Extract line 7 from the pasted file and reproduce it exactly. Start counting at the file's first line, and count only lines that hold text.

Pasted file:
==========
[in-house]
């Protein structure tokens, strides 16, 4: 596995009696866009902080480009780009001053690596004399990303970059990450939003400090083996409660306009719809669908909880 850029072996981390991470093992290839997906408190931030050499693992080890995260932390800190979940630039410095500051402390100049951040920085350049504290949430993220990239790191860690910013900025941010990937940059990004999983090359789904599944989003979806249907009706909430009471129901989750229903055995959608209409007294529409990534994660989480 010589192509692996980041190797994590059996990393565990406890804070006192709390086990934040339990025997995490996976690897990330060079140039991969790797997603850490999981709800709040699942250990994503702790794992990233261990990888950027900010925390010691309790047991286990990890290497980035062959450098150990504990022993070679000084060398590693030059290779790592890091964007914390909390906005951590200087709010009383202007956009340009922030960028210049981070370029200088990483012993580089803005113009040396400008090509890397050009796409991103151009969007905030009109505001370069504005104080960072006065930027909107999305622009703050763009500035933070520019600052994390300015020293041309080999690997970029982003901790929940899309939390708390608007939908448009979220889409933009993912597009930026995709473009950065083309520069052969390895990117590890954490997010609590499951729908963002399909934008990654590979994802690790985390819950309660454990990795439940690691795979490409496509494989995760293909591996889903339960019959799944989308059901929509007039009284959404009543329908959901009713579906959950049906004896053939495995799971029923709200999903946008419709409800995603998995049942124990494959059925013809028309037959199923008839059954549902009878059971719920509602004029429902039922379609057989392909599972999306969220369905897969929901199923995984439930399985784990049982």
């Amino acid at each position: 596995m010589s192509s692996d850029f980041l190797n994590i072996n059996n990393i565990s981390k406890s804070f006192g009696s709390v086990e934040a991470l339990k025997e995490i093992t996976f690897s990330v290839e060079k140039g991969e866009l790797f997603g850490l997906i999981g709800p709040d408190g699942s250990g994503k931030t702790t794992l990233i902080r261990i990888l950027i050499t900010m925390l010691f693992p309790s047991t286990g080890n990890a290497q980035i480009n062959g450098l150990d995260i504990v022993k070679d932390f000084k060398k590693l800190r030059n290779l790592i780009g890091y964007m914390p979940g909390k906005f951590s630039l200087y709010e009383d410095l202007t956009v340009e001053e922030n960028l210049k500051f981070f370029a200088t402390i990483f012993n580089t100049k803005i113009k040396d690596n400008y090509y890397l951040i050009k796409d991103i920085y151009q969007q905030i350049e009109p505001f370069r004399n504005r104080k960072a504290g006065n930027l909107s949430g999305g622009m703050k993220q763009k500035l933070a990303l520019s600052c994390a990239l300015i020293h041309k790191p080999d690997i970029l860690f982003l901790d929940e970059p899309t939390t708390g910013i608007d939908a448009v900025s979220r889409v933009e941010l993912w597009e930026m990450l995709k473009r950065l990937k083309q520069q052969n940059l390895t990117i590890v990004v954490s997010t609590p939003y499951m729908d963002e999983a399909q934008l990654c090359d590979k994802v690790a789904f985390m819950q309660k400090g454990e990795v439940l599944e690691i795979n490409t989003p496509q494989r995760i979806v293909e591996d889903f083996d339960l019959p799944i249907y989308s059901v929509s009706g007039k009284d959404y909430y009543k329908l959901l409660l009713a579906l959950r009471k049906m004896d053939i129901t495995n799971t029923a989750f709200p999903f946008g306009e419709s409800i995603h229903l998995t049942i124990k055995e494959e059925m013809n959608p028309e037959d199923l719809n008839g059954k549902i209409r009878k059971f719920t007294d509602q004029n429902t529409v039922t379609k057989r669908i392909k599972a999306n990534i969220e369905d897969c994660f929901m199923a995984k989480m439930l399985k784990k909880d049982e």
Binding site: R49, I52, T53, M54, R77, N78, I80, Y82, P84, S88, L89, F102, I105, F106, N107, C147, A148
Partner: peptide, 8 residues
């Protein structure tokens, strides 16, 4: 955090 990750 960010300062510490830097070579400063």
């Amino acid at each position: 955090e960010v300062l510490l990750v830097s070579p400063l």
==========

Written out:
């Amino acid at each position: 955090e960010v300062l510490l990750v830097s070579p400063l």